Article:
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JSX is a statically-typed, object-oriented programming language compiling to standalone JavaScript. The reason why JSX was developed is our need for a more robust programming language than JavaScript. JSX is, however, fairly close to JavaScript especially in its statements and expressions.

Statically-typed programming language is robust because certain sorts of problems, for example typos in variable names or missing function definitions, are detected at compile-time. This is important especially in middle- to large-scale software development in which a number of engineers may be engaged.

Therefore, JSX is designed as a statically-typed language. All the values and variables have a static type and you can only assign a correctly-typed value to a variable. In addition, all the functions including closures have types which are determined by the types of parameters and the return values, where you cannot call a function with incorrectly typed arguments.

Also, another important reason why JSX was developed is to boost JavaScript performance. JavaScript itself is not so slow but large-scale development tends to have many abstraction layers, e.g. proxy classes and accessor methods, which often have negative impact on performance. JSX boosts performance by inline expansion: function bodies are expanded to where they are being called, if the functions being called could be determined at compile-time. This is the power of the statically-typed language in terms of performance.

Run "Hello, World!"

Let's start by running our first JSX program: hello.jsx. We use the jsx command, which is the JSX compiler in the JSX distribution, to compile JSX source code to JavaScript.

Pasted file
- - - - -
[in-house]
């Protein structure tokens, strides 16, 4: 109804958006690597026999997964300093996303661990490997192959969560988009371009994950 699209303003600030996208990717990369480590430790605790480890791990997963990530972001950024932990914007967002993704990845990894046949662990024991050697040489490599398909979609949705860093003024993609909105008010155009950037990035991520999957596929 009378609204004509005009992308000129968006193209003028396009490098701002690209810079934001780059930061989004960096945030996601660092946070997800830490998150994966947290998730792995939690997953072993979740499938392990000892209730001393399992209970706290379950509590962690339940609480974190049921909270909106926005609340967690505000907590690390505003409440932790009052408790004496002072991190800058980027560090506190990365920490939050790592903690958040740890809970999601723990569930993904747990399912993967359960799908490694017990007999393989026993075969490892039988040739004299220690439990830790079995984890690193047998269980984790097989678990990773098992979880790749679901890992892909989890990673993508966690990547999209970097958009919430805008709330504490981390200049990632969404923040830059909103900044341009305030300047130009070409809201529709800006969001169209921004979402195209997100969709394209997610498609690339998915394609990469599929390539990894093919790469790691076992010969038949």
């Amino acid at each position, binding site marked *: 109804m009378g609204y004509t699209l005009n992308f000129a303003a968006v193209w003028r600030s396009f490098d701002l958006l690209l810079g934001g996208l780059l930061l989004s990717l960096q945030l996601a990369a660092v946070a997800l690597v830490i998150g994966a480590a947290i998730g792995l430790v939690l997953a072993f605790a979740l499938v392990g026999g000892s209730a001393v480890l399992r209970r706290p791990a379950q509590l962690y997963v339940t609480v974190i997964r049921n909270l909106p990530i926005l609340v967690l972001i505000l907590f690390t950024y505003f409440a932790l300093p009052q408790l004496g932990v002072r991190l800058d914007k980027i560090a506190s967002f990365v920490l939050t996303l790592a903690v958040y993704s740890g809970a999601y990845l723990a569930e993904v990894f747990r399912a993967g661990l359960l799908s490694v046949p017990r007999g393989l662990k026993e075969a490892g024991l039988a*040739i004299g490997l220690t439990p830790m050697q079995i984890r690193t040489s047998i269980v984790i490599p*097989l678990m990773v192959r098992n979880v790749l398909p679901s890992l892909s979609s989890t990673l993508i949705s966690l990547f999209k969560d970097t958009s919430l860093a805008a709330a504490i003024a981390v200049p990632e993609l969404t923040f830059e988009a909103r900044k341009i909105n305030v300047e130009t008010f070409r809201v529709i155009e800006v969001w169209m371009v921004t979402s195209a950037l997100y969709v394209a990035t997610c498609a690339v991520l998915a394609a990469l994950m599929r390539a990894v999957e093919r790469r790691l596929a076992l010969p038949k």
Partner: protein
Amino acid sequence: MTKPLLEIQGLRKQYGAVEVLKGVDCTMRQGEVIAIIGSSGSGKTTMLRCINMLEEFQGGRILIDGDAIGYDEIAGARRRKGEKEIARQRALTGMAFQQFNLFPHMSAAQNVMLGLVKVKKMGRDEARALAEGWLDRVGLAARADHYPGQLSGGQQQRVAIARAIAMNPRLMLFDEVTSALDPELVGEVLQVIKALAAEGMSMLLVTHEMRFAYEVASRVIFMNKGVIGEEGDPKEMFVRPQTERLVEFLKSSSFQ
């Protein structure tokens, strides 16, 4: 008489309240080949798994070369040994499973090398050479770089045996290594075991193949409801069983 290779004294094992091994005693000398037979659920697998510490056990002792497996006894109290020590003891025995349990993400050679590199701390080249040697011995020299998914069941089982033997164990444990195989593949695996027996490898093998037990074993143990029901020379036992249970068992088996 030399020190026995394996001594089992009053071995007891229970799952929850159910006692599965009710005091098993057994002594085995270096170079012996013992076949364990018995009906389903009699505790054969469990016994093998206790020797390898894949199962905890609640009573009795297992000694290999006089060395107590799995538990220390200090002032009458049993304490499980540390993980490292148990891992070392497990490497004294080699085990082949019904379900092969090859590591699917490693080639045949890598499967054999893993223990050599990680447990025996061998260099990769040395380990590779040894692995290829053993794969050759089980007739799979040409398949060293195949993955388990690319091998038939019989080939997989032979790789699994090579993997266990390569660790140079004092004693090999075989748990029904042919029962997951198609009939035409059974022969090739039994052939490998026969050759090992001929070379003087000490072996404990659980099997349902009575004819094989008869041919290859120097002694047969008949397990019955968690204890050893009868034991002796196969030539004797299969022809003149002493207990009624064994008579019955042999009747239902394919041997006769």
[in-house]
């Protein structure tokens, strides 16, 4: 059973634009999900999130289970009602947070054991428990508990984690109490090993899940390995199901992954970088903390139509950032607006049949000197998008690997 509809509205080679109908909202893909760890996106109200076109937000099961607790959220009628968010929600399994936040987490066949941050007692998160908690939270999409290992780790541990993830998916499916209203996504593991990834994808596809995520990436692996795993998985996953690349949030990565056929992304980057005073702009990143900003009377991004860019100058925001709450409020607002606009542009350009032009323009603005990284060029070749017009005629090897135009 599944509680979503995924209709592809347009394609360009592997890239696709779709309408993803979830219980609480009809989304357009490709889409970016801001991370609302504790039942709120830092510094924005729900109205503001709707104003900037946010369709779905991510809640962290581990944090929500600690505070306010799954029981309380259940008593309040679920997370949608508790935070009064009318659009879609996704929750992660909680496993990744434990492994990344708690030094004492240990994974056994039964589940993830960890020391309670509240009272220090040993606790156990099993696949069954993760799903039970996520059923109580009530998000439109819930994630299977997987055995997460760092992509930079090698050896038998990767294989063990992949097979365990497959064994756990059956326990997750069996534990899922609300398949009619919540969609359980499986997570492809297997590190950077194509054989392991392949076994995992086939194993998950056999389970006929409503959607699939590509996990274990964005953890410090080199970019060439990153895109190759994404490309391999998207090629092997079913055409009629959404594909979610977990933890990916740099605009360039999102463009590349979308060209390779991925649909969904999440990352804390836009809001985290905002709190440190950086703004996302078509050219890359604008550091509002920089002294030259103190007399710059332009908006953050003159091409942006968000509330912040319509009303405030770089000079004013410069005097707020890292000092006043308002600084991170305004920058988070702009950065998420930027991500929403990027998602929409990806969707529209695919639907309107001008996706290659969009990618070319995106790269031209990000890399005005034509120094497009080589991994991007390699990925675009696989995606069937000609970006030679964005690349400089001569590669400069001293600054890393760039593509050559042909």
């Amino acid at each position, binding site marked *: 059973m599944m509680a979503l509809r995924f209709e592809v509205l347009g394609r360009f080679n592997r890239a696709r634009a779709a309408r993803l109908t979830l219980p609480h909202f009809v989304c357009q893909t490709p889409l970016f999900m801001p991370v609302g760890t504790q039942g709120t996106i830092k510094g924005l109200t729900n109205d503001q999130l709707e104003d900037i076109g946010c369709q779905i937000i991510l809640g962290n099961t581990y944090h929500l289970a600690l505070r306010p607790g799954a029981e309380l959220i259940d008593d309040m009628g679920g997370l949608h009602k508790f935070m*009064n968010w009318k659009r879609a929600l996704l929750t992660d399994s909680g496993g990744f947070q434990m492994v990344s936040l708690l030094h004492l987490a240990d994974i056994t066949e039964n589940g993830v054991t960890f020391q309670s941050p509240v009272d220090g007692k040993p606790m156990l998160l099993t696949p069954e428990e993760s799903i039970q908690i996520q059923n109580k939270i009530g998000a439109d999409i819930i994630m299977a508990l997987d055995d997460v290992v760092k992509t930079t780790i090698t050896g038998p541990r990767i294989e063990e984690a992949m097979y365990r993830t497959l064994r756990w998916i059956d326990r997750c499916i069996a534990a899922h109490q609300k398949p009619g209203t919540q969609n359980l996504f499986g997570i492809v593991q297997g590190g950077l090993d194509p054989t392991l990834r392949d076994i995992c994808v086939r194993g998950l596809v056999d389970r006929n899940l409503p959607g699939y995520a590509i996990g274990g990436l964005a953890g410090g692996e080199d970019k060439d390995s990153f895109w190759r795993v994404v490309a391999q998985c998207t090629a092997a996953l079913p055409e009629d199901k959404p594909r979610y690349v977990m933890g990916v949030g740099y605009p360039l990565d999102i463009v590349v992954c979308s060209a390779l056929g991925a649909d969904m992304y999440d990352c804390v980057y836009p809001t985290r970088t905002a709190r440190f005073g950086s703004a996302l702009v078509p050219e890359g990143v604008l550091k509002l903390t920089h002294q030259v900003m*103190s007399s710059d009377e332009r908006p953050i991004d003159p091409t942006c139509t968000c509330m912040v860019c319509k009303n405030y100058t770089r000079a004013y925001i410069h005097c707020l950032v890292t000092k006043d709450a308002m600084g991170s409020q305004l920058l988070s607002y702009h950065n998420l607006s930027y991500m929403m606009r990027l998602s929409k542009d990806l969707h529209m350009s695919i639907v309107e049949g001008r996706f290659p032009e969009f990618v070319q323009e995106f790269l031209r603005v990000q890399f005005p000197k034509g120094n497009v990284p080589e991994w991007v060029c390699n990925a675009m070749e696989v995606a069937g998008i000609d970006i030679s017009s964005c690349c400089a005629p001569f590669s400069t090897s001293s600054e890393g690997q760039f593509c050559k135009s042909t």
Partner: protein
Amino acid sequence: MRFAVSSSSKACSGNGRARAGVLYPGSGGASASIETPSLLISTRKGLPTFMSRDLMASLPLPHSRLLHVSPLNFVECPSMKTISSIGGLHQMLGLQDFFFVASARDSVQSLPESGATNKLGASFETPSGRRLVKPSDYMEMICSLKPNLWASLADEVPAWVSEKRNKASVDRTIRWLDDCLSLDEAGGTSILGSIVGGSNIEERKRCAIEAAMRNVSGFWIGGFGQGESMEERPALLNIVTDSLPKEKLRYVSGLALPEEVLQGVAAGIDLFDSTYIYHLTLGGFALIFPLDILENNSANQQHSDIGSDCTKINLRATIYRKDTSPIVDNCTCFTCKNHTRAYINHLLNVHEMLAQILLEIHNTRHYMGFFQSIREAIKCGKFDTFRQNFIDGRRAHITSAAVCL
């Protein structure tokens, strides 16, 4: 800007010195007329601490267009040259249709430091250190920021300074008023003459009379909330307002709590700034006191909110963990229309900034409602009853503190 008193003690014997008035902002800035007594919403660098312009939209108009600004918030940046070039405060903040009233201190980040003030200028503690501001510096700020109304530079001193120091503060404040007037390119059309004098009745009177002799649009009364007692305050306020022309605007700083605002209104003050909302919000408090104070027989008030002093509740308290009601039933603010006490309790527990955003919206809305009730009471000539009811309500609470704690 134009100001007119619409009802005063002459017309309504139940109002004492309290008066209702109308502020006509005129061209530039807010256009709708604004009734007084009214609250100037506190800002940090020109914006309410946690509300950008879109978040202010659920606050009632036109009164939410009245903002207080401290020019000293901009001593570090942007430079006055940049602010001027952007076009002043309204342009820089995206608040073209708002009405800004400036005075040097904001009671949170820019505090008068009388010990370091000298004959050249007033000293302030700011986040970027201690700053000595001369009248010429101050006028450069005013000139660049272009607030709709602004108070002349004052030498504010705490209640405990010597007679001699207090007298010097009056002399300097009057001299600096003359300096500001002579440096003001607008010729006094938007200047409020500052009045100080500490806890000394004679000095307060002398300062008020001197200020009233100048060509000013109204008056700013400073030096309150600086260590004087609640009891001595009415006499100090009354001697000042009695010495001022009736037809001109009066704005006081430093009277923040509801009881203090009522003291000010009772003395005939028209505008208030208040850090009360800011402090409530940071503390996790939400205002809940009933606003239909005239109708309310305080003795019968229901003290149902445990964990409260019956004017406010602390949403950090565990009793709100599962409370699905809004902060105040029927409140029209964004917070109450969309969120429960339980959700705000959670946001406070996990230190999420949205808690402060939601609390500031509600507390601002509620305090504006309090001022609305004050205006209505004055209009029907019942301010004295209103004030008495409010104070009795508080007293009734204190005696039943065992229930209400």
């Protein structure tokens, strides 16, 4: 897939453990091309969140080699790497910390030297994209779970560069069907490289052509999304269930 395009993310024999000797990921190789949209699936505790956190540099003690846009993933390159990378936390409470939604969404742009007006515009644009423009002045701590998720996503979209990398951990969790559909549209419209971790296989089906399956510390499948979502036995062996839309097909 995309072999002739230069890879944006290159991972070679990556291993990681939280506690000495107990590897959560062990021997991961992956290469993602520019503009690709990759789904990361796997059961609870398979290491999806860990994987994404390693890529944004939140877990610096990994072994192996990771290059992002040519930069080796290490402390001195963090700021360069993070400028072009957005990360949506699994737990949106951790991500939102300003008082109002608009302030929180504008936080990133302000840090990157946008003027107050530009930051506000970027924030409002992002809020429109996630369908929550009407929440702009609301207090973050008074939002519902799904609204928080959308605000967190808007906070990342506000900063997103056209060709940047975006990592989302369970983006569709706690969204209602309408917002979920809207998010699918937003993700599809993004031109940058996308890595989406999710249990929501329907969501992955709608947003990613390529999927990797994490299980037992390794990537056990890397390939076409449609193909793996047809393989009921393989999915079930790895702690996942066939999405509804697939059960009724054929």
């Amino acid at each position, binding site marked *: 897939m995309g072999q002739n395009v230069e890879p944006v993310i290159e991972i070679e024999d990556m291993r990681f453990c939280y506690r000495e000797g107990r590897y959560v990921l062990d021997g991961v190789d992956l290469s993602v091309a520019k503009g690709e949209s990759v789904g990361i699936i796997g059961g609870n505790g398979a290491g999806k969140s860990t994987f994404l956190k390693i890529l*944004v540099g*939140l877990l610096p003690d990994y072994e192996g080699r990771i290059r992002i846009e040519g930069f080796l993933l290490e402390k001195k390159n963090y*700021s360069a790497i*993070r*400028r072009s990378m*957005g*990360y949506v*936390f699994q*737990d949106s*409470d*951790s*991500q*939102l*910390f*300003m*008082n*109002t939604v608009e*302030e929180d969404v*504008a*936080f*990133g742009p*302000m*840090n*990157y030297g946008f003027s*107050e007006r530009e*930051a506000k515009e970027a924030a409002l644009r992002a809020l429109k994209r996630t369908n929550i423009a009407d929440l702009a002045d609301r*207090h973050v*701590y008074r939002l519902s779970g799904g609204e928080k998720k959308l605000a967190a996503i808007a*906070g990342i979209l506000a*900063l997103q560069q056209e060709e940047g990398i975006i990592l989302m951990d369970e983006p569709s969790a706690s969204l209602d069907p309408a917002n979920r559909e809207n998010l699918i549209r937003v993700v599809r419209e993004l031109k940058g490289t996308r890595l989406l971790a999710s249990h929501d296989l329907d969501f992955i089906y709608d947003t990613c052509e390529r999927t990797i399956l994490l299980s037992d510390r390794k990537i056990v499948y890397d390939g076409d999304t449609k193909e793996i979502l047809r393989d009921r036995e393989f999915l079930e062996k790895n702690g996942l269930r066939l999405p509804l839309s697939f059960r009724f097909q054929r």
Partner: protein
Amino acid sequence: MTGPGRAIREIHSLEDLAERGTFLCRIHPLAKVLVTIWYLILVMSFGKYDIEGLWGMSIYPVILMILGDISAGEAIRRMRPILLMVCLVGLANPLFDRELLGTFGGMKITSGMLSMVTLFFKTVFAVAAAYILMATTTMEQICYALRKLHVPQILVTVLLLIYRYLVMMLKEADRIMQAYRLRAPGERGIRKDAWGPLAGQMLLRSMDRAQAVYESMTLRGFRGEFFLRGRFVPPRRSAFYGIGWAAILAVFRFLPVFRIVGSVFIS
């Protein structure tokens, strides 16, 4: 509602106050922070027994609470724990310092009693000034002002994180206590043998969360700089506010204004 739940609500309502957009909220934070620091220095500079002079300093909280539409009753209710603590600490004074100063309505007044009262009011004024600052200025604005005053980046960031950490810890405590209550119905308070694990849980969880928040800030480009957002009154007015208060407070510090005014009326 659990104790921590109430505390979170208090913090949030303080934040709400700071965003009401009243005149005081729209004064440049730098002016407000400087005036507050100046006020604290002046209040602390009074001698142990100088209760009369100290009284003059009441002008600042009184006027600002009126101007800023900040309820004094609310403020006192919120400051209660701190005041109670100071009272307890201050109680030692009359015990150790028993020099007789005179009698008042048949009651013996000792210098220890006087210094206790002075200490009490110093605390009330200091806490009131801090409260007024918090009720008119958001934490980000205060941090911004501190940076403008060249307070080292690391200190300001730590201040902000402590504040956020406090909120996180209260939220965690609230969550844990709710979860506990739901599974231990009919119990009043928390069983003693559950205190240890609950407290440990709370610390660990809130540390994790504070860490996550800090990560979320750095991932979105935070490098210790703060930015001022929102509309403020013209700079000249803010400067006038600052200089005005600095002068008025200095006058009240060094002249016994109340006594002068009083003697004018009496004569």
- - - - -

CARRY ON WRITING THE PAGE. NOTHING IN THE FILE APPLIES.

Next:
First, install jsx with npm:

$ npm install -g jsx

Then, make the code below as hello.jsx:

class _Main {
    static function main(args : string[]) : void {
        log "Hello, world!";

Now you can run a JSX program with the following command and you will get Hello, world on the console.

$ jsx --run hello.jsx

We will look into the detail of hello.jsx in the next section.

Program Structure

Here is hello.jsx, the source code of the "Hello world!" example. You can see several features of JSX in this program, namely, static types and class structure within the source code.

class _Main {
    static function main(args : string[]) : void {
        log "Hello, world!";

Class _Main has a static member function (a.k.a. a class method) named main, that takes an array of strings and returns nothing. _Main.main(:string[]):void is the entry point of JSX applications that is called when a user invokes an application from command line. JSX, like Java, does not allow top-level statements or functions.

The log statement is mapped to console.log() in JavaScript, which displays the arguments to stdout with a newline.

Next, we look into another typical library class, Point:

class Point {
    var x = 0;
    var y = 0;

    function constructor() {

    function constructor(x : number, y : number) {
        this.set(x, y);

    function constructor(other : Point) {

    function set(x : number, y : number) : void {
        this.x = x;
        this.y = y;

    function set(other : Point) : void {
        this.set(other.x, other.y);

As you can see, member variables of Point, var x and var y, are declared without types, but their types are deducted from their initial values to be number.

You might be surprised at multiple definition of constructors: one takes no parameters and the others take parameters. They are overloaded by their types of parameters. When you construct the class with new Point(), the first constructor, which takes no parameters, is called. The second with two parameters will be called on new Point(2, 3) and the third with one parameter will be called as a copy constructor. Other forms of construction, e.g. new Point(42) or new Point("foo", "bar") will cause compilation errors of mismatching signatures. The Point#set() functions are also overloaded and the compiler know how to call the correct one.

Static Typing

Basic type concept will be described in this section. Primitive types, object types, variant type, and Nullable types exist in JSX.

Pritimive Types